Teacher Talk: Ocean Life in Pre-Kindergarten
May 9, 2017
Inquiry! Inquiry! Inquiry! Our unit about ocean life comes alive each year because of our commitment to inquiry learning. Some years we study mostly whales, some years we look more at fish and plants. It depends on what the children want to know. This year we seem to have done it all! Because of questions asked by 4 and 5 year old children everyone in the class has learned that Bowhead whales crash up through the ice in the Arctic Ocean in order to breathe. We have learned that whales with baleen have two blow holes and whales with teeth have one. We have learned that Dolphins are part of the toothed whale group and that Orcas are large Dolphins. Sperm whales can hold their breath for up to 90 minutes while most other whales can only hold their breath for 20 minutes. Sperm Whales dive deep to hunt for giant squid to eat. Sea Turtles have two tiny nostrils and come up to the surface to breathe. Fish have gills that let them gather oxygen from water and so they stay under the water to breathe. Fish and reptiles and mollusks lay their eggs and swim away, but whales and penguins and seals take care of their babies. Mammals and birds take care of their babies. People are mammals and whales are mammals. Emperor Penguin daddies balance the egg on their feet to keep it warm and then tuck the hatched chick up into a belly flap to keep it warm. Penguins spit up food to feed their babies! Some whales have pinkish orange poop! We know all these things because a child asked a question and we did the research with them to find out the answer. In our classroom, you will often hear the words: “What a good question! Let’s do some research!”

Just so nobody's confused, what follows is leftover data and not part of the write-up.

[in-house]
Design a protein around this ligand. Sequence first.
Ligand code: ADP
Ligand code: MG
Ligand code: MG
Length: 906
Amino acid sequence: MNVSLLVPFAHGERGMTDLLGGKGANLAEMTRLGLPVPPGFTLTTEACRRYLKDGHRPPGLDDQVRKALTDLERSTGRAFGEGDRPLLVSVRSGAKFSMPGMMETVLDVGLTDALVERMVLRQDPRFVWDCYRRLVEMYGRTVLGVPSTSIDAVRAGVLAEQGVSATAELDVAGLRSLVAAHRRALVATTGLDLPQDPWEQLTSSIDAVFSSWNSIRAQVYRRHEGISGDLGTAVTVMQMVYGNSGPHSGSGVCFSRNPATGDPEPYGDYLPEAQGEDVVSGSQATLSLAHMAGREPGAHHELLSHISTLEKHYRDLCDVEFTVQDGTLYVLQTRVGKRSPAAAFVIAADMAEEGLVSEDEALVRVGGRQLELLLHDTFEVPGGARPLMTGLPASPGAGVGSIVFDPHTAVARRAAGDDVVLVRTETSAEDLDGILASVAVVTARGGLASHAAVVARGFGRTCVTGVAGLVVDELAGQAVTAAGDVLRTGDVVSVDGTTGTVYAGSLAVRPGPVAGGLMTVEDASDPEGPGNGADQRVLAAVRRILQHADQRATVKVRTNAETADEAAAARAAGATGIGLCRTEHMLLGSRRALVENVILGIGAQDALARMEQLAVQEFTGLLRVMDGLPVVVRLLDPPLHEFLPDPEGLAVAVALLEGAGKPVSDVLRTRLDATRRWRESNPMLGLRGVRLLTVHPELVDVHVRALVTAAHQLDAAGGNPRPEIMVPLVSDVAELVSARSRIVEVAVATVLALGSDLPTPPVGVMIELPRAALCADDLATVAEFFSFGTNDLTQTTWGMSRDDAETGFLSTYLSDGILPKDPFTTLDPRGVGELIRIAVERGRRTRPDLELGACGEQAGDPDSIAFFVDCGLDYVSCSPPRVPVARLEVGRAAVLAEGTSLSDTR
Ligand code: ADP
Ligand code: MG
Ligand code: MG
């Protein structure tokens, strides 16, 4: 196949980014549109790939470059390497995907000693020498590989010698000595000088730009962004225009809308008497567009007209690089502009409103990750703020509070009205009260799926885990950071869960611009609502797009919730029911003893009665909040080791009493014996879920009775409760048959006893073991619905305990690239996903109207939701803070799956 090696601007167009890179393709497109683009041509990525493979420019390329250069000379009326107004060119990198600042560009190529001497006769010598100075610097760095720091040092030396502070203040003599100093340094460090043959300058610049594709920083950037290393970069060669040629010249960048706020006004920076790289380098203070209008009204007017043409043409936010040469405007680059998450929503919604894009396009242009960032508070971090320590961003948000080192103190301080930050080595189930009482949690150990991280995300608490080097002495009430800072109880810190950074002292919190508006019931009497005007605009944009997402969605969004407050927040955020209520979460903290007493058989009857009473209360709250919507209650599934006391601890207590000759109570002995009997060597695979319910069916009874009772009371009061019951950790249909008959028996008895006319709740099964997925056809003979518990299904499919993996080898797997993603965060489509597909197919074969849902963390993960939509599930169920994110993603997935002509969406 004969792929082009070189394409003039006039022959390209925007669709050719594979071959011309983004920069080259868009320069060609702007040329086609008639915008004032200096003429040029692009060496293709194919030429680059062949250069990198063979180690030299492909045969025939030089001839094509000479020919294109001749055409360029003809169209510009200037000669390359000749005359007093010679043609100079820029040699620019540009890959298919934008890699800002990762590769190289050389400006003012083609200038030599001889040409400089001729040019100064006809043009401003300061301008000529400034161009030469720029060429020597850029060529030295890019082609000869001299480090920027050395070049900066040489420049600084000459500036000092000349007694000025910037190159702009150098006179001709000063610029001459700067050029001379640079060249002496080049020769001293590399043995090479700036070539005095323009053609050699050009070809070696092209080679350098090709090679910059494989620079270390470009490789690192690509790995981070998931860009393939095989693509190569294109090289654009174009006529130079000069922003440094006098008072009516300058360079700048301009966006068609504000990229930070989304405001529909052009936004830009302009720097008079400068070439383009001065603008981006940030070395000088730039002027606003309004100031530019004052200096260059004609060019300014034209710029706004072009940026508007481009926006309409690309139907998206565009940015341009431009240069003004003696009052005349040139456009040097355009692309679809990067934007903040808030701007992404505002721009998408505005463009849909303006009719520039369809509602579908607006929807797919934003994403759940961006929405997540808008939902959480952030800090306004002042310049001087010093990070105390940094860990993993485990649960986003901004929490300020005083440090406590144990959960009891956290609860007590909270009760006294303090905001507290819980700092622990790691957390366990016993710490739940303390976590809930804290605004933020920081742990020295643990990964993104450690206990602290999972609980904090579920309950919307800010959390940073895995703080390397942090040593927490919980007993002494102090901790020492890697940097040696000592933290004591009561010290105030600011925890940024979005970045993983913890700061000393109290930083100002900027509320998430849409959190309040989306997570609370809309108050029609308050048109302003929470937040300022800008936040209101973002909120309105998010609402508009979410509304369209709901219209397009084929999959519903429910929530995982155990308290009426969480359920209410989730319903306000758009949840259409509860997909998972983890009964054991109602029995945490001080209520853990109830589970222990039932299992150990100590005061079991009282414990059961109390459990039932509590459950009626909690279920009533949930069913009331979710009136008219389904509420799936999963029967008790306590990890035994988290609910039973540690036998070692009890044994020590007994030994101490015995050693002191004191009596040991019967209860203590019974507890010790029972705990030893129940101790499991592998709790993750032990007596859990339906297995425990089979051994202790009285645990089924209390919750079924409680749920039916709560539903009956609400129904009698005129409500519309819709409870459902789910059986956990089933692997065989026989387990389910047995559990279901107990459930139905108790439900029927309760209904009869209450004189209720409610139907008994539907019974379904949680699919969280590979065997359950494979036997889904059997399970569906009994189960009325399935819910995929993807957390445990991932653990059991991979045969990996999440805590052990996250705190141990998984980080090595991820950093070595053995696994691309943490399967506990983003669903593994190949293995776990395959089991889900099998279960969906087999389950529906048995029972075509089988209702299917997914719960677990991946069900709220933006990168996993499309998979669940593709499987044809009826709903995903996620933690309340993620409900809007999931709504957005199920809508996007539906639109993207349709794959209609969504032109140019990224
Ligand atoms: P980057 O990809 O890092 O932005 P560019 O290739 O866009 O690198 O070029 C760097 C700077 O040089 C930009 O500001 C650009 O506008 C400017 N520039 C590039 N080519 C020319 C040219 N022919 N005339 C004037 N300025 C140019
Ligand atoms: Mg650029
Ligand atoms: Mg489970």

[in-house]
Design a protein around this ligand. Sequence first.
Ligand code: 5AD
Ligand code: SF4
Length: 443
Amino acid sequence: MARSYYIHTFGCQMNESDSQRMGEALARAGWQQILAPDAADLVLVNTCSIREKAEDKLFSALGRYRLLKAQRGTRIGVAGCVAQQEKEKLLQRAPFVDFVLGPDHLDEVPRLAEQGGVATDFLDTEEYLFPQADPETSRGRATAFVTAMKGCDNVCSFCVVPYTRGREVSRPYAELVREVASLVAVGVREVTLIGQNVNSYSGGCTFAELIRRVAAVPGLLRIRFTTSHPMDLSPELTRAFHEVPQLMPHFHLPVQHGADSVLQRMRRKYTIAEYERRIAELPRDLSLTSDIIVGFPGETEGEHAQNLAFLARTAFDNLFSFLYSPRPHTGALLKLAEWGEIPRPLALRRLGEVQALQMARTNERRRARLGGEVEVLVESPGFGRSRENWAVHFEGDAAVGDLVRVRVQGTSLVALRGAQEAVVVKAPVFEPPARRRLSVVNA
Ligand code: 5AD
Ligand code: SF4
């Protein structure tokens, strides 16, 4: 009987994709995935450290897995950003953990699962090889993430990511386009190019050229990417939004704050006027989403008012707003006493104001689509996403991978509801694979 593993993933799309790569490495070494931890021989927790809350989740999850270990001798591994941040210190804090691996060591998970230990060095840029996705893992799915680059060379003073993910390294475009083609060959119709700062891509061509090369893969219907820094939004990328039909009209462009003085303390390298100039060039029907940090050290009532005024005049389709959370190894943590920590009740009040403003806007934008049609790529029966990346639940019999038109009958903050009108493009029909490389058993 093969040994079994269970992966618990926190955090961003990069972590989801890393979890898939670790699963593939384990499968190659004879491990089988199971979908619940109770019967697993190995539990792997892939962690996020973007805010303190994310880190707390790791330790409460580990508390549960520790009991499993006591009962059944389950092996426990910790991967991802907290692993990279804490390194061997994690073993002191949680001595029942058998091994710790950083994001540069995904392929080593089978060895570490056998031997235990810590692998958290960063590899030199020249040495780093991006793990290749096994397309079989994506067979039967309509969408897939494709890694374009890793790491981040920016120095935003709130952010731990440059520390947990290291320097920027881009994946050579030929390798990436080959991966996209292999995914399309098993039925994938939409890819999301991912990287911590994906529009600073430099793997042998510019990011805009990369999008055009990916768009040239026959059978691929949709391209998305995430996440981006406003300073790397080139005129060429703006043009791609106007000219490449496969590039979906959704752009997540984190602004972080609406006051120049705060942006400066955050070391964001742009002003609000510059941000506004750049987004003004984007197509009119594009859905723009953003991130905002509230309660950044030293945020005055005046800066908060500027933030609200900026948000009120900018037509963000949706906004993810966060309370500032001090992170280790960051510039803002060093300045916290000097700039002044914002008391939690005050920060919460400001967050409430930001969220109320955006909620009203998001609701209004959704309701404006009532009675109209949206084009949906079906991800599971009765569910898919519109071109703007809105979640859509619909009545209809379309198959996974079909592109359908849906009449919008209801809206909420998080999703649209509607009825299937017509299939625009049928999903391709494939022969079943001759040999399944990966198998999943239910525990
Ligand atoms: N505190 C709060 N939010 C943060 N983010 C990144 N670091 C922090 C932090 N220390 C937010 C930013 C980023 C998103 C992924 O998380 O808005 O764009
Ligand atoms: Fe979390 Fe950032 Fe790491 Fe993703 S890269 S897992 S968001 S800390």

Every question is a good question. A teacher directs the child to find the correct encyclopedia and then sits with that child and others who are interested. The teacher shows the guide words at the top of the page, finds the pertinent article, and then reads the parts that answer the question(s). If the encyclopedia doesn’t have the answer we look in our other research books (every classroom should have non-fiction books about many topics). If there is still some confusion or if there is more to discover we turn to our computer, making sure we use official sites. This process of asking, researching, discussing, and asking more questions helps light the fire of life-long learning. We, as teachers, often tell the children that we just learned something new because of a question they asked. We thank them! We get excited about it! They get excited about it! Then they ask more questions!!!!
Mrs. Patty LaMothe